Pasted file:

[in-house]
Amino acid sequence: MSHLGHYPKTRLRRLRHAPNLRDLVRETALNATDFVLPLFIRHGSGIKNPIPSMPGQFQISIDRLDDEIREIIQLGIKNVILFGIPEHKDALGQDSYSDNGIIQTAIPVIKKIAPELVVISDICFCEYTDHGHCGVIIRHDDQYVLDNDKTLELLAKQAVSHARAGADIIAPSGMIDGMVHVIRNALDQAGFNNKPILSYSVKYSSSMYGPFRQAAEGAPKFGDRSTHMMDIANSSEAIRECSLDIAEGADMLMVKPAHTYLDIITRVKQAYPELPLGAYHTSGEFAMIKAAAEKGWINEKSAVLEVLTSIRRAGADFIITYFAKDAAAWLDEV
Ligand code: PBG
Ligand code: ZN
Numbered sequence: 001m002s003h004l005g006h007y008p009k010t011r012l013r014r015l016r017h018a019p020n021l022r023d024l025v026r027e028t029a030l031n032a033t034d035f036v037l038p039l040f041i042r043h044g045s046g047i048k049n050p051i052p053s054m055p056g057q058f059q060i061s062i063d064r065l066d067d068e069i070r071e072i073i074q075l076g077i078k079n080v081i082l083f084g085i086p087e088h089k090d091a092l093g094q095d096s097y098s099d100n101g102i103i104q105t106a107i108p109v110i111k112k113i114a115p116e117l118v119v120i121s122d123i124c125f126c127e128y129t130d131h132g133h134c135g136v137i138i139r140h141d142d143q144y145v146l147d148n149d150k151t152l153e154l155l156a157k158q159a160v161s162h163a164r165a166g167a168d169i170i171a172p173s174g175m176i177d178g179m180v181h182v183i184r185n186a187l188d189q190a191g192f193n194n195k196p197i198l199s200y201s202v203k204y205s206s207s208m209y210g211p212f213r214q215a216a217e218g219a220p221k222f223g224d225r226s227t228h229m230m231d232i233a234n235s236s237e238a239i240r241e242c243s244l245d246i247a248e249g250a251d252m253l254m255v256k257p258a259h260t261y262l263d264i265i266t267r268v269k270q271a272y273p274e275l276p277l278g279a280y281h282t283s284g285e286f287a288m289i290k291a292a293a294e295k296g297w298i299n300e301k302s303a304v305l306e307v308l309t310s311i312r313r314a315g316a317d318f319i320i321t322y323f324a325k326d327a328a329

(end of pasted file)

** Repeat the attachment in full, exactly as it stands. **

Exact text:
[in-house]
Amino acid sequence: MSHLGHYPKTRLRRLRHAPNLRDLVRETALNATDFVLPLFIRHGSGIKNPIPSMPGQFQISIDRLDDEIREIIQLGIKNVILFGIPEHKDALGQDSYSDNGIIQTAIPVIKKIAPELVVISDICFCEYTDHGHCGVIIRHDDQYVLDNDKTLELLAKQAVSHARAGADIIAPSGMIDGMVHVIRNALDQAGFNNKPILSYSVKYSSSMYGPFRQAAEGAPKFGDRSTHMMDIANSSEAIRECSLDIAEGADMLMVKPAHTYLDIITRVKQAYPELPLGAYHTSGEFAMIKAAAEKGWINEKSAVLEVLTSIRRAGADFIITYFAKDAAAWLDEV
Ligand code: PBG
Ligand code: ZN
Numbered sequence: 001m002s003h004l005g006h007y008p009k010t011r012l013r014r015l016r017h018a019p020n021l022r023d024l025v026r027e028t029a030l031n032a033t034d035f036v037l038p039l040f041i042r043h044g045s046g047i048k049n050p051i052p053s054m055p056g057q058f059q060i061s062i063d064r065l066d067d068e069i070r071e072i073i074q075l076g077i078k079n080v081i082l083f084g085i086p087e088h089k090d091a092l093g094q095d096s097y098s099d100n101g102i103i104q105t106a107i108p109v110i111k112k113i114a115p116e117l118v119v120i121s122d123i124c125f126c127e128y129t130d131h132g133h134c135g136v137i138i139r140h141d142d143q144y145v146l147d148n149d150k151t152l153e154l155l156a157k158q159a160v161s162h163a164r165a166g167a168d169i170i171a172p173s174g175m176i177d178g179m180v181h182v183i184r185n186a187l188d189q190a191g192f193n194n195k196p197i198l199s200y201s202v203k204y205s206s207s208m209y210g211p212f213r214q215a216a217e218g219a220p221k222f223g224d225r226s227t228h229m230m231d232i233a234n235s236s237e238a239i240r241e242c243s244l245d246i247a248e249g250a251d252m253l254m255v256k257p258a259h260t261y262l263d264i265i266t267r268v269k270q271a272y273p274e275l276p277l278g279a280y281h282t283s284g285e286f287a288m289i290k291a292a293a294e295k296g297w298i299n300e301k302s303a304v305l306e307v308l309t310s311i312r313r314a315g316a317d318f319i320i321t322y323f324a325k326d327a328a329